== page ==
Technology and transformed governance in Indonesia

From mobile apps to SMS, new communication technologies are offering hope for improved public service and increased citizens’ participation in government decision-making in Indonesia. But there are still pitfalls and challenges to overcome.

Improving public service delivery and quality remains a mounting challenge for the Indonesian government, especially at the subnational level. Initiatives such as Open Government and the increased use of information and communication technologies offers sources of new communication channels and hope for better governance.

One example of this type of innovation is LAPOR! (Layanan Aspirasi dan Pengaduan Online Rakyat), the government’s official national complaint system at both national and subnational levels. Between June 2015 and February 2016, we investigated examples of the system’s use in Bojonegoro (East Java) and Indragiri Hulu (Riau Province), with both case studies providing some important lessons.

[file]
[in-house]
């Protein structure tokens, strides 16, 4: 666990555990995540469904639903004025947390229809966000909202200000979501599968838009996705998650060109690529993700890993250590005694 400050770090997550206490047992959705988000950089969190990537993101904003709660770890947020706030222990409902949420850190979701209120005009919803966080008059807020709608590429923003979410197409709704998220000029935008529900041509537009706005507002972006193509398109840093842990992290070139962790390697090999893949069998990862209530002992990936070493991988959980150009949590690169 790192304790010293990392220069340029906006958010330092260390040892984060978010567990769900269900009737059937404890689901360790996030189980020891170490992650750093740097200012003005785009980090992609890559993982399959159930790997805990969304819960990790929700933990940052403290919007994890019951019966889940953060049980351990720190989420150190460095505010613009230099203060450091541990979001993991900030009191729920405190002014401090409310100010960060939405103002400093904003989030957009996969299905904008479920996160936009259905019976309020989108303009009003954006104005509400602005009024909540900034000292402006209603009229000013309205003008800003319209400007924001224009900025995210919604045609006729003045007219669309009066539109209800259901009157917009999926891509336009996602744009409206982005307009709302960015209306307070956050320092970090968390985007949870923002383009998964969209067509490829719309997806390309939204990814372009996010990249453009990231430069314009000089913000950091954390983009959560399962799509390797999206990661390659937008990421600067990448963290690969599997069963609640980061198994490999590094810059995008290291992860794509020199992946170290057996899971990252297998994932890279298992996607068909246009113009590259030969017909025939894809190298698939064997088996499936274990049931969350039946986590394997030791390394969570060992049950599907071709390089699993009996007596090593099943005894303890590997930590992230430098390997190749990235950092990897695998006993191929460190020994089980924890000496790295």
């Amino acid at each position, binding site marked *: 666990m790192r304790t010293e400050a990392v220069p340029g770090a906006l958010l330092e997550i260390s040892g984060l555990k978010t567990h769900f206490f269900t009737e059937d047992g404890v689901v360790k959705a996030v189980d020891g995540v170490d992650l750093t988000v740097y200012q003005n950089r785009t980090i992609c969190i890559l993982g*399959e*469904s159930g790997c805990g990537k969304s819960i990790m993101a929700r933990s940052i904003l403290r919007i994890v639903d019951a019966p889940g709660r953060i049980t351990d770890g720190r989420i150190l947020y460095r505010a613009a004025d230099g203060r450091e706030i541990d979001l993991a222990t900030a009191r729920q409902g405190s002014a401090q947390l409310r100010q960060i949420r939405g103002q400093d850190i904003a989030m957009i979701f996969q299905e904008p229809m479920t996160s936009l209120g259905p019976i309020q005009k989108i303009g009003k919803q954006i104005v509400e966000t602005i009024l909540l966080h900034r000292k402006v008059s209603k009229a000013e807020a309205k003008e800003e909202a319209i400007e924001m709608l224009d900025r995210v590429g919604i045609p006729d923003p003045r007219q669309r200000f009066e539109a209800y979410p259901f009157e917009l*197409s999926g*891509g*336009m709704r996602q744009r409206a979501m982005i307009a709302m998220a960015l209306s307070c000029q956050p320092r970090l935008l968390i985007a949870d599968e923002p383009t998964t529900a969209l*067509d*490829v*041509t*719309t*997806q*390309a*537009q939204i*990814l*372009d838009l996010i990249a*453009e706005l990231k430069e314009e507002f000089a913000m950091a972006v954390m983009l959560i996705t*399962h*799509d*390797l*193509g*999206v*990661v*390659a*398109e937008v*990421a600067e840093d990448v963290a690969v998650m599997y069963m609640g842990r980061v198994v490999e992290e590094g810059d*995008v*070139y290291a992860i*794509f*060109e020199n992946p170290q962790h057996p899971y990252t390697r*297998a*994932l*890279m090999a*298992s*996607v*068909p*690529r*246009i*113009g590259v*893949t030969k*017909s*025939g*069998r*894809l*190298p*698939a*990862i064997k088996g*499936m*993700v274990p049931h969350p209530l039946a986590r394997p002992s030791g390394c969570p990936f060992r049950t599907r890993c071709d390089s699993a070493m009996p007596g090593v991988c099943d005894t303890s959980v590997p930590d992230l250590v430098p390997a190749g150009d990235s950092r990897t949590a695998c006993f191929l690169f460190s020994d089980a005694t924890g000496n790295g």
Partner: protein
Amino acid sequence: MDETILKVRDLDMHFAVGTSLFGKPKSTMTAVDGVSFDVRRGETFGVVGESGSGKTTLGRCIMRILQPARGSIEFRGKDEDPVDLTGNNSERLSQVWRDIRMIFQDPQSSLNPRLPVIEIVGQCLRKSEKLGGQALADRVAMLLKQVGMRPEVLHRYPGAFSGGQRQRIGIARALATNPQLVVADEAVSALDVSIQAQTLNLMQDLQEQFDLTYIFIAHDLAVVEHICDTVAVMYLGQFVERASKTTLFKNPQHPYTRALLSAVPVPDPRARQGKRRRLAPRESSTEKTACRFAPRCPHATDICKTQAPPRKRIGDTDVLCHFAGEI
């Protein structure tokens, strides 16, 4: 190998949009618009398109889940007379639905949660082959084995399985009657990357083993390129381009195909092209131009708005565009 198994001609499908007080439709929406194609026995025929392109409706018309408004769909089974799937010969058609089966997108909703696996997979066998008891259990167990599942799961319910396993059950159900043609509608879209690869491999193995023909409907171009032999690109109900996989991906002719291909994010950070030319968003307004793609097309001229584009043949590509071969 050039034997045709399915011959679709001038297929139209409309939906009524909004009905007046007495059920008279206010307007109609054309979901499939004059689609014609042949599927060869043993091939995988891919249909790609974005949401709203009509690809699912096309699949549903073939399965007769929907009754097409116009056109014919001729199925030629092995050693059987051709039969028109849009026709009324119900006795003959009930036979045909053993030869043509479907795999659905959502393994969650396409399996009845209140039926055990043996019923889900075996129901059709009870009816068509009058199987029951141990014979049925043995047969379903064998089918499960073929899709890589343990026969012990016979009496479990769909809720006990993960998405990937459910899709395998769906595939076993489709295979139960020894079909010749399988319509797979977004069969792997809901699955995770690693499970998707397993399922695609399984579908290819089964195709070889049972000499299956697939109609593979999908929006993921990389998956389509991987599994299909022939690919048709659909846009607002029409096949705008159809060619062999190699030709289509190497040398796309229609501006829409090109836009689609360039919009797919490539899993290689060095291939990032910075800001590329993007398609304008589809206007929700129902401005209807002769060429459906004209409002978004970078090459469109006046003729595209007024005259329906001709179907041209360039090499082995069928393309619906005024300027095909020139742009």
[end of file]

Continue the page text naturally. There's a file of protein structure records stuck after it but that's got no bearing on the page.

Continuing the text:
LAPOR was introduced in 2011 to enable citizens to file reports or complaints regarding public service delivery. Users may air their grievances through three channels: a website, text message (SMS), and a mobile application. After six years, LAPOR has 285, 444 users, and has registered more than 1.29 million complaints — 75.15% via SMS, 21.5% via the website, and 3.35% via the mobile application. The system has also integrated 87 government agencies or ministries, 44 state-owned enterprises, five regional governments, and 10 provinces.

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